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Southern Historical Society Papers, Volume 28. (ed. Reverend J. William Jones) 6 0 Browse Search
Emilio, Luis F., History of the Fifty-Fourth Regiment of Massachusetts Volunteer Infantry , 1863-1865 6 0 Browse Search
William F. Fox, Lt. Col. U. S. V., Regimental Losses in the American Civil War, 1861-1865: A Treatise on the extent and nature of the mortuary losses in the Union regiments, with full and exhaustive statistics compiled from the official records on file in the state military bureaus and at Washington 4 0 Browse Search
The Daily Dispatch: January 15, 1864., [Electronic resource] 4 0 Browse Search
The Daily Dispatch: January 28, 1865., [Electronic resource] 4 0 Browse Search
Medford Historical Society Papers, Volume 4. 3 1 Browse Search
Medford Historical Society Papers, Volume 1. 3 1 Browse Search
Horace Greeley, The American Conflict: A History of the Great Rebellion in the United States of America, 1860-65: its Causes, Incidents, and Results: Intended to exhibit especially its moral and political phases with the drift and progress of American opinion respecting human slavery from 1776 to the close of the War for the Union. Volume II. 2 0 Browse Search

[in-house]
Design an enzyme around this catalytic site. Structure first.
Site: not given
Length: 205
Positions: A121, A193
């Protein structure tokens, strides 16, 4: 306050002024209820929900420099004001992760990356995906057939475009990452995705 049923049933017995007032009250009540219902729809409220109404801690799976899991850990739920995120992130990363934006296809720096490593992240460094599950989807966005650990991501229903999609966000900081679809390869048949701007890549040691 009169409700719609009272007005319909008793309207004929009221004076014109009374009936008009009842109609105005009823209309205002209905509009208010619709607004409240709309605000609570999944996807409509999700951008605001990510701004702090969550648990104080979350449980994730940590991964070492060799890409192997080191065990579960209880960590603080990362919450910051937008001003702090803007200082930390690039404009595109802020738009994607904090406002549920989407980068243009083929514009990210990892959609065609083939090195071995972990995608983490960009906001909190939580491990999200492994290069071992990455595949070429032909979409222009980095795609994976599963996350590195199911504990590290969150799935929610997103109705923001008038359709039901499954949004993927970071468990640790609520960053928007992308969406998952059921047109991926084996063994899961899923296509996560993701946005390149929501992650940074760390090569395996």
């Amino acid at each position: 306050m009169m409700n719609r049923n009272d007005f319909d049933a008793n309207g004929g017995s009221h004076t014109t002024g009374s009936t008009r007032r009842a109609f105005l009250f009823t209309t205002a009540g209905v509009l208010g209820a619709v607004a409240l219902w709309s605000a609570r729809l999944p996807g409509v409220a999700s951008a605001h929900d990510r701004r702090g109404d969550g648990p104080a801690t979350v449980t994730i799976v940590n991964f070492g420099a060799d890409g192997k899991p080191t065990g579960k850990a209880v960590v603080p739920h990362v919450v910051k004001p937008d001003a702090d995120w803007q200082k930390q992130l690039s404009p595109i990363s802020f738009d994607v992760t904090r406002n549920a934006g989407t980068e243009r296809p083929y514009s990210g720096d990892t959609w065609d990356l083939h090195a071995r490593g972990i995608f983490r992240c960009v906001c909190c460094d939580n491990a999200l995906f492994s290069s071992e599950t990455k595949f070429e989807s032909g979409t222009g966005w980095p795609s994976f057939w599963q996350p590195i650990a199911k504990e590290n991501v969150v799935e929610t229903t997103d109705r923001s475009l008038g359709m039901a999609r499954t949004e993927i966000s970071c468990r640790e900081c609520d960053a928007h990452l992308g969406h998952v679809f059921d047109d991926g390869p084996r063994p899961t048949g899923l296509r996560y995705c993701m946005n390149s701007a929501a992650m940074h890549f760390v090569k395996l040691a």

The Daily Dispatch: December 15, 1865., [Electronic resource] 2 0 Browse Search
Col. John M. Harrell, Confederate Military History, a library of Confederate States Military History: Volume 10.2, Arkansas (ed. Clement Anselm Evans) 2 0 Browse Search
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Browsing named entities in The Daily Dispatch: March 20, 1862., [Electronic resource]. You can also browse the collection for Allison or search for Allison in all documents.

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People determined to be free can never be conquered. To the Editors of the Dispatch: Thinking a brief account of the heroic exertions, indomitable skill; and final triumph of Frederick of Prussia, may be with advantage laid before our people at this time, and help to encourage us all in the unequal contest, I send you the following short summary drawn from "Allison's Life of Marlborough:" "Prussia was now threatened by the most formidable confederacy ever yet in modern times directed against a single State. Austria, Russia, France, Sweden, and Saxony, united in alliance to partition the Prussian territories. These allies had ninety millions of men in their dominions, and with ease could bring four hundred thousand to the field. Prussia had only six millions, who were strained to the utmost to array an army of one hundred and twenty thousand. Even with the aid of England and Hanover, not more than fifty thousand auxiliaries could be relied on. Prussia had neither s